The results from our study are consistent with other literature that illustrates the intense, negative circumstances that public health officials have endured during the pandemic (17, 22, 23). Four major themes were identified to summarize public health officials' experiences during the pandemic, including harassment, psychological impact, systemic backlash, and burnout. Other literature identified similar themes such as under-recognized expertise, disorganized infrastructure, and politicized public health (24). An estimated 59% of officials felt that their expertise was undermined during the pandemic (8, 25), contributing to the isolation that many officials felt in their most recent positions (17, 19, 23).

Officials stated that harassment during the pandemic has been the driving factor of their desire to resign. Since the beginning of the pandemic, an increasing number of American adults believe that harassing public health officials is justified (10, 12). Two-thirds of participants in our study reported feeling harassed in their current or most recent position. In a national survey by the National Association of County and City Health Officials and analyzed by Ward et al., there were 1,499 reports of harassment across 57% of departments, with 43% of officials reporting that they had been individually targeted (11, 18). Another study reports that 41% of public health executives felt bullied, harassed, or threatened by people outside of the health department.

Other studies show that the impact of workplace aggression leads to lower self-efficacy, higher turnover rates, and less job satisfaction (14). Poor mental health has been a leading cause of burnout and depression among public health officials, leading to higher attrition rates (16). In fact, a survey from March 2021 showed that 36.8% of public health workers reported feeling at least one symptom of PTSD in the previous 2 weeks (14). However, 19.6% of public health workers reported needing mental health counseling in the previous month but not receiving it (14).

The CDC reported a similar trend to our results, with the percentage of public health officials who had reported considering leaving their jobs increasing from 44% to 76% before and after the pandemic began, respectively (6). One-third of the public health workforce is estimated to have the intention of resigning in the next year (25, 26). Several participants in our focus groups reported that they had been searching for new positions since the pandemic began and were considering leaving the public health field altogether. These high attrition rates weaken the public health system, especially as new, less experienced individuals fill these roles (19, 23).

Some say that politics is the “public health poison,” as it interrupts how the system works effectively (23). The National Association of County and City Health Officials (NACCHO) found that political pressure had caused 32 agency leaders from 25 departments to resign, change positions, or be fired (18). Officials in our focus groups shared that this pressure had become unbearable, especially when establishing masking or vaccine protocols. Participants shared that their county's political values significantly impacted the extremity of violence that they endured. Funk et al. showed that most Democrats believed that efforts to protect public health have been too scarce (46%), while most Republicans (40%) felt that there was too much priority given to supporting public health (2). Extreme public disapproval has led to national movements to limit health departments' power to make decisions that protect community health (27). As of May 2021, 15 legislatures were considering or had already passed laws to limit the legal jurisdiction of public health agencies (27).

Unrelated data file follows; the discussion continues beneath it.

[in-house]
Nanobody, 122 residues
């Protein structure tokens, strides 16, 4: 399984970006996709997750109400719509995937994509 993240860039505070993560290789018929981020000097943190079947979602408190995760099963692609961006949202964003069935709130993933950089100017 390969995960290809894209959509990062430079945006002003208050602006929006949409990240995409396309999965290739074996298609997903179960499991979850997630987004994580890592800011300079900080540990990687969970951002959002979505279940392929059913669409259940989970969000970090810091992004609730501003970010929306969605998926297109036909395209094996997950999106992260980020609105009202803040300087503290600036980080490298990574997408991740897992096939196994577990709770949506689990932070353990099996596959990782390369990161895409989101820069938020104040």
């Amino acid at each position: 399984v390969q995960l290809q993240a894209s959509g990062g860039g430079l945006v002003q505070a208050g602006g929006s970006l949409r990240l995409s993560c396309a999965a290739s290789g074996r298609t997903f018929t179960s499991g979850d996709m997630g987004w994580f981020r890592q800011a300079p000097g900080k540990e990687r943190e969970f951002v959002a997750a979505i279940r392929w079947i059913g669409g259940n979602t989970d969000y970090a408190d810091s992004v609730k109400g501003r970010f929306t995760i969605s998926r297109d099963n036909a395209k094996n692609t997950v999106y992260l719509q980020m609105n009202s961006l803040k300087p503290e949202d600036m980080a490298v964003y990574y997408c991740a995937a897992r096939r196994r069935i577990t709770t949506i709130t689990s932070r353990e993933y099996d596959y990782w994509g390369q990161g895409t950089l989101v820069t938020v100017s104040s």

An analysis of our qualitative data showed three main themes for solutions that were discussed: (a) security and protection, (b) mental health support, and (c) political or institutional support. The ongoing stress from fear of personal endangerment is an urgent problem contributing to high rates of burnout in the field (20, 28). To address this, more protective measures must be taken to protect officials and their families.

Many participants felt that there were no punitive actions after they had been harassed or threatened. An estimated 20% of COVID-19 scientists and professionals who reported receiving death threats had employers who were unresponsive or unsupportive (29). To prevent this, there must be strict punishments for those who threaten or harass public health officials (7). Additionally, there must be a better reporting system for acts of violence toward officials. This will help to account for violent incidents and ensure that punitive actions are taken. A 50-statewide survey showed that states vary significantly in their punitive statutes to protect public health officials (30). Creating more cohesive laws that protect public health officials might help to tranquilize national violence toward this targeted population.

Kalmoe et al. showed that when political leaders discourage violence from their followers, it has a strong effect on their behavior (31). Although the politicization of the pandemic has had a negative impact thus far, if more political leaders leveraged their power to stand by public health officials, it could reduce violence in the future (22).

Sharing experiences and communicating openly can also combat the spread of misinformation and increase public awareness of the officials' experiences (1, 23). Evidence shows that when people understand the meaning behind public health policy decisions, there tends to be more support for these policies (26). Therefore, providing public health officials with an opportunity to discuss their decisions may help to ease frustration on a local and state level.